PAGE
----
This may be John Green’s debut novel, but it remains my absolute favorite out of all the ones he has written. I love how the story seems so simple yet involves all of the complex and confusing emotions we each experience at one point or another. Besides, this novel has some of my favorite quotes in it!

And Then There Were None by Agatha Christie

It’s generally rare for me to want to reread mystery novels once I know how they end; however, this book has always been the exception to that rule. This murder mystery is so cleverly executed that I never tire of tiptoeing around its twists and turns over and over again. (If anyone has seen the BBC mini series, I’d be really interested to hear what you think of it because I have yet to watch it!)

The Narrative of the Life of Frederick Douglass by Frederick Douglass

I. Love. This. Text. I’ve written numerous papers about it for various classes over the years and Douglass’ story never ceases to amaze, inspire, and intrigue me. Douglass’ life story is as captivating as his writing is eloquent, making Narrative a text that I’ll undoubtedly return to again and again in the future.

What books could you endlessly reread? What do you think of the books on my list? Let me know in the comments section below!

Yours,

HOLLY

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Awards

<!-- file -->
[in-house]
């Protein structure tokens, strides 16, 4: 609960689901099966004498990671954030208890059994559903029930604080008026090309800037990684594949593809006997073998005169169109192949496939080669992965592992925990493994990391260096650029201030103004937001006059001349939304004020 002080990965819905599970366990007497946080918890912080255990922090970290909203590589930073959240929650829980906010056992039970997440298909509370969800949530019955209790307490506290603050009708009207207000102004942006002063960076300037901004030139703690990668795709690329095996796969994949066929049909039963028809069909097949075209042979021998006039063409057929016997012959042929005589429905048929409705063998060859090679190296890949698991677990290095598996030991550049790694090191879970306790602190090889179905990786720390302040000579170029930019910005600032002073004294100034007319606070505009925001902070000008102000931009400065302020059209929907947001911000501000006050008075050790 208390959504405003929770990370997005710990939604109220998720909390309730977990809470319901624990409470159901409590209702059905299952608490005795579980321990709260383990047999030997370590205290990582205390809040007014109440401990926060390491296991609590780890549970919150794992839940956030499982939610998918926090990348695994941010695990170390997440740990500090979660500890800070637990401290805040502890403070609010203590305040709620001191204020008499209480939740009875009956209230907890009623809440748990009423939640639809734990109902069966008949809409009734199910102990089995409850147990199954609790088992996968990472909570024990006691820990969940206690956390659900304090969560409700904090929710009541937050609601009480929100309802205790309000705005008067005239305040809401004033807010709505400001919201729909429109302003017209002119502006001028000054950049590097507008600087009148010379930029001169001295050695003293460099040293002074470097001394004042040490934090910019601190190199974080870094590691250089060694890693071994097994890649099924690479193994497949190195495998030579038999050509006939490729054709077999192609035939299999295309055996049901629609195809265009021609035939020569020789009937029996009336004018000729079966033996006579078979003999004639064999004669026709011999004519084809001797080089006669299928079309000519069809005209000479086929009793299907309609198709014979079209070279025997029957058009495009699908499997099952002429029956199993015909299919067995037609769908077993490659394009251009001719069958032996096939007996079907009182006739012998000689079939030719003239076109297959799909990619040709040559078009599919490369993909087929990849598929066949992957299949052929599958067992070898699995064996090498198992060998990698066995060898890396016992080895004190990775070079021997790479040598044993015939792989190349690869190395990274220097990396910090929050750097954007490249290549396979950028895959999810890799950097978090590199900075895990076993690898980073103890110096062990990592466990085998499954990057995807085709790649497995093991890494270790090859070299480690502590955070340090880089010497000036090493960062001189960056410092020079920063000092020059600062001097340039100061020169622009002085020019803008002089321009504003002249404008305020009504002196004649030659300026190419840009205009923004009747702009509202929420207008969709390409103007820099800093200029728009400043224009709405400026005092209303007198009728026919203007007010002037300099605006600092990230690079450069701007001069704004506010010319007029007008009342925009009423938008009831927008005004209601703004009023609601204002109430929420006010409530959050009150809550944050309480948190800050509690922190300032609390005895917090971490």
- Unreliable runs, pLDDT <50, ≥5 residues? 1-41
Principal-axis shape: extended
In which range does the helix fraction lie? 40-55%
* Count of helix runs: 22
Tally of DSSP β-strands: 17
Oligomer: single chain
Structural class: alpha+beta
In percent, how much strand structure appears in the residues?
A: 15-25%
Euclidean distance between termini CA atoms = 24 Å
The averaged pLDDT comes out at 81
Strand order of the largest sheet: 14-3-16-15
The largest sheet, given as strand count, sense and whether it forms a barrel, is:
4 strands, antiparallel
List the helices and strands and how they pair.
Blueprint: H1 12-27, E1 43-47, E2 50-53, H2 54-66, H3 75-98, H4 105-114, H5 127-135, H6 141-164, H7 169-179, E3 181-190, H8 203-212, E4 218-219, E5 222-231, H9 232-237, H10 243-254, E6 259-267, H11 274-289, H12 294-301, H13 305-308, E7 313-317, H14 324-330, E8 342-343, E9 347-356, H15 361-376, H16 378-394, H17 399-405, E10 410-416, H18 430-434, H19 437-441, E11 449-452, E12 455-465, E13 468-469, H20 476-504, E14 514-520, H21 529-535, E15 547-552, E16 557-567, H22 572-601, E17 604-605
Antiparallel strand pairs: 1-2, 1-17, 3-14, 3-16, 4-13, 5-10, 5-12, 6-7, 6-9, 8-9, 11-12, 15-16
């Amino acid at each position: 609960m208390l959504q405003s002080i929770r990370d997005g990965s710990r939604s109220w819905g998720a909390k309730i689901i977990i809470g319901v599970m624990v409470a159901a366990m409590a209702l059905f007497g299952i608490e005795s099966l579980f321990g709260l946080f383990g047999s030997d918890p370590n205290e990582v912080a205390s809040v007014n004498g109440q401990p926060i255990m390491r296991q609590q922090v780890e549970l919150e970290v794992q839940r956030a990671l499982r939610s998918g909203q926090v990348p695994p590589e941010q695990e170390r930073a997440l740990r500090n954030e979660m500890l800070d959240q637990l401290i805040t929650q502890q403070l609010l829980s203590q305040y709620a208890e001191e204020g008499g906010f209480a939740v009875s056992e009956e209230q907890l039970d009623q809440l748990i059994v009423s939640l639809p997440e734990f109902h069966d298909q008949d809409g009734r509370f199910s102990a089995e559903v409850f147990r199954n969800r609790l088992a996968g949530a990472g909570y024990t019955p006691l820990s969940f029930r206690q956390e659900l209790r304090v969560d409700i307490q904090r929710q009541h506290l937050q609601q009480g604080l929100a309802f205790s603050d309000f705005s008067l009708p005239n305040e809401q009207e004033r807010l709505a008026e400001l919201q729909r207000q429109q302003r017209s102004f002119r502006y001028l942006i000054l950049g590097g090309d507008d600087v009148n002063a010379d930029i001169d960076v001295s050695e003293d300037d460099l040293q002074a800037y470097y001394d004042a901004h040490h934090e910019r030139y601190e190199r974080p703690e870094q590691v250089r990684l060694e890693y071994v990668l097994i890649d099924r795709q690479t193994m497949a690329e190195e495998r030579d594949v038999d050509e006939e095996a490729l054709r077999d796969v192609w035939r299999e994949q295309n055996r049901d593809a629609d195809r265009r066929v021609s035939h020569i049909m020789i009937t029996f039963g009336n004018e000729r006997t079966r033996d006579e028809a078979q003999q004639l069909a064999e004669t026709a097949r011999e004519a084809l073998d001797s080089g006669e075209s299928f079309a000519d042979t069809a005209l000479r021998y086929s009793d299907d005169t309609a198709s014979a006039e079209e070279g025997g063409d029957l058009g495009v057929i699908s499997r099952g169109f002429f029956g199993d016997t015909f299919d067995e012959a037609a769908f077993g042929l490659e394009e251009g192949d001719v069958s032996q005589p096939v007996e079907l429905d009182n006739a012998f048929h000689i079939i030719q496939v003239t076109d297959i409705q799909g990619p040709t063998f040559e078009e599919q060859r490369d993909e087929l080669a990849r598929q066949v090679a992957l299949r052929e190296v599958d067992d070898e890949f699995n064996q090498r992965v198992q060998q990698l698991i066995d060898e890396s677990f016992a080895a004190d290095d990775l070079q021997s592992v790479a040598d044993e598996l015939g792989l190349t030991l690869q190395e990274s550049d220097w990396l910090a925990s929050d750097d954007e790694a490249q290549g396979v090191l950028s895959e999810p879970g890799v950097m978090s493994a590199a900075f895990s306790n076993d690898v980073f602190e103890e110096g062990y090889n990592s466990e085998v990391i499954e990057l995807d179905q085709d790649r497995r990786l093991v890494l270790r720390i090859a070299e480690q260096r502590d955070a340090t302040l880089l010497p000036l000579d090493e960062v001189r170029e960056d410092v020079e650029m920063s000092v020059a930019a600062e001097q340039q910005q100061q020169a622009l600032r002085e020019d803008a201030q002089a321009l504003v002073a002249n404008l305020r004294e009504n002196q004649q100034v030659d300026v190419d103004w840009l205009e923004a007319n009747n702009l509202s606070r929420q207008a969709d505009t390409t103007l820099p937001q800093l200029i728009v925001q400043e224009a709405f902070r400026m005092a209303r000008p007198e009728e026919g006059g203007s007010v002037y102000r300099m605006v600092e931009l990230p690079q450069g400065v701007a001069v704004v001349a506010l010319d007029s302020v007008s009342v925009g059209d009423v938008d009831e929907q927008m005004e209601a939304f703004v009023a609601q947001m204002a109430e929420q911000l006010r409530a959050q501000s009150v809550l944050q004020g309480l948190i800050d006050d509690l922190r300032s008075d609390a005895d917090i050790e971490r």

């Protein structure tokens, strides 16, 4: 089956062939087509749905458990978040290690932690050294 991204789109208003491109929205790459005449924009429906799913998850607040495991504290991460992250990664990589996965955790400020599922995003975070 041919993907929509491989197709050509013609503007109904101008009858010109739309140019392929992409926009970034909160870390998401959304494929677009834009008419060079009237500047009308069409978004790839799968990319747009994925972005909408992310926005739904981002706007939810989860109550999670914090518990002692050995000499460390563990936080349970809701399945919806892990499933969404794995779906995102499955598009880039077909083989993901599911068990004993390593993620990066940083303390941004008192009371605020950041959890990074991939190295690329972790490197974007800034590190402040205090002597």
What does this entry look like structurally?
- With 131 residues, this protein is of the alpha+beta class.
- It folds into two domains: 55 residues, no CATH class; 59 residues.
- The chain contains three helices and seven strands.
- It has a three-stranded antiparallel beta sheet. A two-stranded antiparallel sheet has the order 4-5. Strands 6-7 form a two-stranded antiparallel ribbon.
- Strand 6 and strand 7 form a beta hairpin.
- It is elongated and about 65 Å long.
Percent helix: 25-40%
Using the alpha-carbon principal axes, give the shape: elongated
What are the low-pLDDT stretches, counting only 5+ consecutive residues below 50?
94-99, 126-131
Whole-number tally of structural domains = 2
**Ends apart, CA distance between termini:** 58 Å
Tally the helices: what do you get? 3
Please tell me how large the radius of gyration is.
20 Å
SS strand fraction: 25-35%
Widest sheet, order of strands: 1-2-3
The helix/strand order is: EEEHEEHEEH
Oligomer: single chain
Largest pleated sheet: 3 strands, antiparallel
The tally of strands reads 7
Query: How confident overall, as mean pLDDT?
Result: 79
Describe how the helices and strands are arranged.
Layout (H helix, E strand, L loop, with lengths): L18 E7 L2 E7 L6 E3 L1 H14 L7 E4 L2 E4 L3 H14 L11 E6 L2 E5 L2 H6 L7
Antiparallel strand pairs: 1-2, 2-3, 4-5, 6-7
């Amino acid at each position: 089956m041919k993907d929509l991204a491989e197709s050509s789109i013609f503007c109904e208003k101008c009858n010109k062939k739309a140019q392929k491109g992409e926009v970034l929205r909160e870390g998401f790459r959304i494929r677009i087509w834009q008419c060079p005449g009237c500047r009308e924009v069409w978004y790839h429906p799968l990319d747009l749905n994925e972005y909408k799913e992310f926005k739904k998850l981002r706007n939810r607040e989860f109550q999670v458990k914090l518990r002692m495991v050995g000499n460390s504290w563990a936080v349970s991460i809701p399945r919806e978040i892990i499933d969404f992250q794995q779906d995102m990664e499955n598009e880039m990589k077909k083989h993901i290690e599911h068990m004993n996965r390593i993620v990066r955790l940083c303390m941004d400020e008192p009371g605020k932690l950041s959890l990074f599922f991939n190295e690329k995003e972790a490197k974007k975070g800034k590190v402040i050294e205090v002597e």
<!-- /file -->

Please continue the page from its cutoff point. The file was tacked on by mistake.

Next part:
Sunshine Blogger Award | 4

Hi everyone! I hope you’re having a lovely day! To brighten up this wintery mood I’m going to share the Sunshine Blogger Award. Thanks so much to Dani @ Perspective of a Writer for nominating me!

  • Thank the person who nominated you in a blog post and link back to their blog.
  • Answer the 11 questions sent by the person who nominated you.
  • Nominate 11 new blogs to receive the award and write them 11 new questions.
  • List the rules and display the Sunshine Blogger Award logo in your post and/or on your blog.

Who is the one person that is the sunshine in your life?

Just ONE?!?!?!? I’m going to cheat and say all of my family and friends. How can I pick just one?!?!

Do you prefer all happy movies, or occasional sad movies?

Preferably all happy movies. I’ll watch sad movies if I’m with other people who also want to watch it, but I definitely try to avoid reading sad books if I can help it.

What is the one food that always makes you happy?

PIZZA. Or oatmeal… there’s nothing better than a steaming bowl of oatmeal and raisins in the morning.

What is the sunshine on your blog?

The comments section! I love reading everyone’s comments even though I’m usually pretty slow at finding time to respond to them all. I appreciate each and every one of them ❤

What is your favorite holiday?

CHRISTMAS.

What is one thing you love about yourself?

My ability to remember song lyrics even when I haven’t listened to a song in years.

What is one thing you love about the blogging community?

I love how incredibly kind and supportive everyone is in the blogging community, especially when it comes to inclusiveness.

What is the one book that made you smile the most?

Definitely The BFG by Roald Dahl. No matter how many times I read this book it will always make me laugh!

Where is your corner of sunshine in your home?

At the moment, it’s the Christmas tree in the corner of our living room. I love when the house is decorated for Christmas!

What is your favorite color or colors?

Probably yellow and mint (or is it called turquoise/teal? It’s the color of my blog…).

What is the one movie (or drama) that always makes you happy?

Definitely Jurassic Park. It’s such a wacky story and I love the cheesy, witty banter between all of the characters.